What to watch out for at every stage of the game.
Last week, we brought you the first of our cheat sheets to help you stay on top of the most likely plays your Paladin opponent can make to frustrate the development of the board. Today, we’re turning our attention to the always popular Mage.
For the purposes of keeping this guide as concise and useful as possible in the heat of battle, we’ve not included every single card that you’ll find in the current metagame. Rather, we’ve included only the key cards which signify a specific deck archetype – Mechwarper being a prime example of a Mech Mage “tell”. The focus, as always, remains on those cards that can hamper your game-plan, with a specific emphasis on the opponent’s removal options.
With that out of the way, here’s a look at the most powerful spells, tricks and traps in the Mage’s evergreen arsenal, and what you need to be aware of at each stage of the game.
Arcane Missiles – Like Arcane Explosion (see below), Arcane Missiles is rarely seen these days but does represent a cheap RNG-fuelled removal spell.
Mana Wyrm – Frequently used in conjunction with The Coin to give the Wyrm an early boost. Cards like Mirror Image can be used to both bump up the Wyrm, and protect it.
Frostbolt – a very common removal spell that will kill your opening gambit before it’s even got off the ground.
Arcane Explosion – AWOL from all but the most budget-orientated decks these days, this card is nevertheless a part of the Mage’s arsenal.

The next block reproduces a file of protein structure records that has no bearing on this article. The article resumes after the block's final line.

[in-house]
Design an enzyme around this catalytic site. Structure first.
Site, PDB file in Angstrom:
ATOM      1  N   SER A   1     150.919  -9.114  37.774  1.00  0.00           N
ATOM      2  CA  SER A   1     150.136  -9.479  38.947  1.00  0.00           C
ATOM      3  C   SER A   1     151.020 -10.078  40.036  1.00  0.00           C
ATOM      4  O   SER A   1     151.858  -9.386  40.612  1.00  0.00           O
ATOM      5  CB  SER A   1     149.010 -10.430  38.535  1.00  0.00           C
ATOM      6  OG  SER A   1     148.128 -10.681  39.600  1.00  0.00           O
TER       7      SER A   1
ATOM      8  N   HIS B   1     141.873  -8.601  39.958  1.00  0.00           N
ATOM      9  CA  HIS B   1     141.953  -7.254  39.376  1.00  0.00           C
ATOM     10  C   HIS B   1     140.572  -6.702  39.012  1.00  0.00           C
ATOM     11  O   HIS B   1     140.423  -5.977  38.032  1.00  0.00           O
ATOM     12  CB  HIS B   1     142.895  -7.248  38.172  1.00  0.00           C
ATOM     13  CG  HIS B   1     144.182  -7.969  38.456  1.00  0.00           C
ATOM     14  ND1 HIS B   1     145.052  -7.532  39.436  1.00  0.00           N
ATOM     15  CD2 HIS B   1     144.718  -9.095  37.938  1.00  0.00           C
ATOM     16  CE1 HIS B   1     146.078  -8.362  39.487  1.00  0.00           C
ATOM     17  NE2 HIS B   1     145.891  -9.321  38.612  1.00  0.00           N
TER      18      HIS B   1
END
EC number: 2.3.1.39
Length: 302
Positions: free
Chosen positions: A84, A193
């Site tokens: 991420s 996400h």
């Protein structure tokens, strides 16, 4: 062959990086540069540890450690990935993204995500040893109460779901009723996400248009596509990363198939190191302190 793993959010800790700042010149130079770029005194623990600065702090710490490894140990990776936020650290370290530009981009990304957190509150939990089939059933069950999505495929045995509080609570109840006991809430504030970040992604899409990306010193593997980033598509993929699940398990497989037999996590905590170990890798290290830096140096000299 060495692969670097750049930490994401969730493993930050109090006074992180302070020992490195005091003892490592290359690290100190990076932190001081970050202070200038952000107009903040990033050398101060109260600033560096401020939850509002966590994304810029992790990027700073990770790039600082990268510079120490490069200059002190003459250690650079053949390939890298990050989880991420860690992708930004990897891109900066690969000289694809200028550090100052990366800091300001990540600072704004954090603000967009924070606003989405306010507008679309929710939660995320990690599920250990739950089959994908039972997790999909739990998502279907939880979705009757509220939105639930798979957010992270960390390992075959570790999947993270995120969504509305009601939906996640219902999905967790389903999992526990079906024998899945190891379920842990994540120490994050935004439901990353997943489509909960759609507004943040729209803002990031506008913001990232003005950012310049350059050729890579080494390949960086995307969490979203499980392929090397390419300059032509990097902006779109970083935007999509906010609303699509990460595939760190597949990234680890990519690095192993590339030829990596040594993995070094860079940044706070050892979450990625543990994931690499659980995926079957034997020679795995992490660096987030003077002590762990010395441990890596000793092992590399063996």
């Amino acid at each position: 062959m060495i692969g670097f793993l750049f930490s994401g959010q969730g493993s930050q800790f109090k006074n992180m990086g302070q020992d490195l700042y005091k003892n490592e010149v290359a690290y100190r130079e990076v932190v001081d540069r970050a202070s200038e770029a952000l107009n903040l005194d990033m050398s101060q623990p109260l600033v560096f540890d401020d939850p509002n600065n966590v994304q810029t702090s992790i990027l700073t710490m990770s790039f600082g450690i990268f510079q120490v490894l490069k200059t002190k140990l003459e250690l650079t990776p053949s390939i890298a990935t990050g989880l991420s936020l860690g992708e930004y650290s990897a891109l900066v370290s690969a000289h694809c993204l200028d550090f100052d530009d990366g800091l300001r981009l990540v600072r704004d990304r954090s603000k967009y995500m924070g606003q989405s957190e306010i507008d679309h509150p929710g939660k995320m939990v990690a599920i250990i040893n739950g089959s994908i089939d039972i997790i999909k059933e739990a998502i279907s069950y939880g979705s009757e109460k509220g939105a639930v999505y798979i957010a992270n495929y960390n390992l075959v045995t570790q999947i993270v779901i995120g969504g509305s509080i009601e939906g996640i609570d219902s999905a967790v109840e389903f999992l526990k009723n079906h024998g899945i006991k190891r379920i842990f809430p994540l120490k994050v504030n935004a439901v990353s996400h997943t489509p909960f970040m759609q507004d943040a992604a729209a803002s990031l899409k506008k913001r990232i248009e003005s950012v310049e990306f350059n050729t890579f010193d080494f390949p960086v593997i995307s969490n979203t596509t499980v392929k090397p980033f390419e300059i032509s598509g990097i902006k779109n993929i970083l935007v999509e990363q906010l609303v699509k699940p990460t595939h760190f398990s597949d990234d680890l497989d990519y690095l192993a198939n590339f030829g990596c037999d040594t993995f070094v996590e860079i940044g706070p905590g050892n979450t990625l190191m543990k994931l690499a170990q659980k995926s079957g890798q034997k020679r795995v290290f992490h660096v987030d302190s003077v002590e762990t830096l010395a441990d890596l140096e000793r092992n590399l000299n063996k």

Flamecannon – The Mage will likely wait for a meatier target than that you’ll put down on Turn 2, but be aware that this is a brewing threat nevertheless.
Mechwarper – This character allows the Mage to start summoning cheaper Mech minions. Remove it as soon as you see it, and be prepared for a classic Mech Mage fight.
The Mage is capable of playing all of the Hero’s Secrets from Turn 3 onwards, although Mad Scientist is popularly used for this purpose.
Frost Nova – This card is typically used later on in the match, and in conjunction with Doomsayer.
Kirin Tor Mage – You are playing a Secrets Mage if you see this card played on Turn 3.
Polymorph – The Mage’s strongest hard removal spell, capable of humbling even the most powerful of minions.
Frostbolt combined with a pair of Ice Lances can wreck you for 11 points of damage. Most commonly used later in the game as a finishing move.
Fireball – Commonly used to outright remove stubborn minions in the mid-game, or to assist a friendly minion in trading. Also good extra reach for the Mage as they try to get over the finishing line.
Goblin Blastmage – Popular with the Mech-style Mage, and for obvious removal reasons.
Water Elemental – An old favourite of the Mage’s that can severely lock you down if your success is dependant on weapon usage.
Blizzard – Most commonly seen in the Freeze Mage deck, but a threat to be aware of nevertheless. Popularly used in conjunction with Doomsayer.
Flamestrike – Always assume the Mage can pull this annoying card out of their hand when you least want them to. It’s often worth trading minions the turn before this can be played, so the Mage has nothing left on the board after making use of this powerful board-sweeper.
Archmage Antonidas – Common in Mech Mage decks. Antonidas will be fed with the Spare Parts the Mage picked up from earlier contraptions. This can leave the Mage with lots of Fireballs to either clear your board with – or your face.
Frost Nova / Doomsayer – Another board wipe if you lack the means to kill Doomsayer.
Dr. Boom – While we hesitate to include this card due to its meta-relevance, it’s rare to encounter a deck that doesn’t include this card in 2015. Another reminder of the doctor’s powerful presence can do no harm at all.
Pyroblast – More commonly seen in Arena these days, Pyroblast is nevertheless an important card to be aware of, particularly if the Mage seems keen on pinging you down to ten health.